Date: September 28, 2016

Whale Defeat Team Russia in Pre-Season Opener

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By Andrew Weiss National Women’s Hockey League

The lights shone bright on the ice as the Connecticut Whale were welcomed into their new home in Northford. With the Russian National Team in town, former Quinnipiac stars Kelly Babstock and Cydney Roesler made the homecoming a rousing success, scoring a goal apiece as the Whale stormed back to defeat the Russians 3-2.

The Whale’s goals were scored by Meagan Mangene, Kelly Babstock, and defenseman Cydney Roesler, who potted the game winner with 5:27 left in the third period. Shenae Lundberg stopped 18 in her start, while  Nicole Stock finished with 10 saves in relief, picking up the win. Former Quinnipiac forward Nicole Connery added an assist, totaling three points on the night for former Bobcats. Molly Engstrom also chipped with in two assists. Russia’s goals both came from Liudmila Belyakova in the second period, while Russian goaltender Maria Sorokina made 15 saves in the loss.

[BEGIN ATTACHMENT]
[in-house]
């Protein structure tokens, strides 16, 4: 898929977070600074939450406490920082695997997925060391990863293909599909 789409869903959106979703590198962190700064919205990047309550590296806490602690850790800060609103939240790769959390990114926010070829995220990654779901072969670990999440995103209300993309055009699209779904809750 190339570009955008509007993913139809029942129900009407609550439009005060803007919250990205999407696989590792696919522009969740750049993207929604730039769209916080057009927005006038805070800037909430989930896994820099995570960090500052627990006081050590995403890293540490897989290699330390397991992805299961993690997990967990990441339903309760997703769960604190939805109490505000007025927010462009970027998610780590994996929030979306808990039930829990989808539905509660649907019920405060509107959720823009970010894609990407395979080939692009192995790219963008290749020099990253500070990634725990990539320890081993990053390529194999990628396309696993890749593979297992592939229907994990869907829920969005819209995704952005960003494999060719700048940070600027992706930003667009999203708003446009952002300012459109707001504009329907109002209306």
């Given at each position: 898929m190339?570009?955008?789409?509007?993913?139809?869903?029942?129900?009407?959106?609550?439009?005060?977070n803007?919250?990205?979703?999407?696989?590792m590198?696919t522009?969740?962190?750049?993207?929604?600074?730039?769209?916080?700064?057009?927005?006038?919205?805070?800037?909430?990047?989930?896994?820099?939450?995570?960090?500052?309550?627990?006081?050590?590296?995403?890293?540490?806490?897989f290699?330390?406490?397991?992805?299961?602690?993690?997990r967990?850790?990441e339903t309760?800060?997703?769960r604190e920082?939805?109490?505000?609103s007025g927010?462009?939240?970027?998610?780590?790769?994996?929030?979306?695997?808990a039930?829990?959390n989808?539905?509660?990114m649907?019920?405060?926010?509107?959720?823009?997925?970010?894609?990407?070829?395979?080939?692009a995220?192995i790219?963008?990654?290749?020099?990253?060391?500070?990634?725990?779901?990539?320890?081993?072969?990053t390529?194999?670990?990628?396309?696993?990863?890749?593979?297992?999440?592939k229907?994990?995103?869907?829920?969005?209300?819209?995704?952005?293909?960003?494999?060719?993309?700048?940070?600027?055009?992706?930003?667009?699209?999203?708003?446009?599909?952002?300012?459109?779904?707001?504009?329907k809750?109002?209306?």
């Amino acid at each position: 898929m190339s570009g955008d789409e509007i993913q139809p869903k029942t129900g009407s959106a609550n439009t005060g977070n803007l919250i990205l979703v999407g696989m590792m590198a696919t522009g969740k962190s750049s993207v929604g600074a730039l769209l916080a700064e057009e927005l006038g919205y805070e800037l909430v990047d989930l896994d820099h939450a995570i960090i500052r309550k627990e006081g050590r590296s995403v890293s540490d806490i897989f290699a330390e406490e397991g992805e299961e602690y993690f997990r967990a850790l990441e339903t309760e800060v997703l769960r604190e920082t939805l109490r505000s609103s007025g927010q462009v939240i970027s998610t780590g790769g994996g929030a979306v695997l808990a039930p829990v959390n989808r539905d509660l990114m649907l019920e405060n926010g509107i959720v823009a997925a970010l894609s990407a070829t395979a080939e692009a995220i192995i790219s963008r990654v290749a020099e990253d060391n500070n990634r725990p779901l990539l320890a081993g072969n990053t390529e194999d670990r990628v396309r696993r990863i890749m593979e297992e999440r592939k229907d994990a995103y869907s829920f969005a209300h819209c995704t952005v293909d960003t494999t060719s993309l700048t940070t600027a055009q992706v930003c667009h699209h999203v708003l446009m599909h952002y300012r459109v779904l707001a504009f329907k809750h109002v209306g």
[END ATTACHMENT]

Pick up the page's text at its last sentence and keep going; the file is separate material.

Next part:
Russia started off flying in the first period, outshooting Connecticut six to one after ten minutes of play. However, the speed of the Whale back-checkers prevented any golden chances, with both Ivana Bilic and Haley Skarupa breaking up odd-man situations in the throughout the period.

Playing in their first game of the season, the Whale quickly shook off their rust before Mangene scored the game’s first goal near the end of the period. Engstrom had her first shot attempt blocked before eventually regaining possession on a pass from Shannon Doyle, her defensive partner. Her second shot found the stick of Mangene, who deflected past the outstretched glove of Sorokina.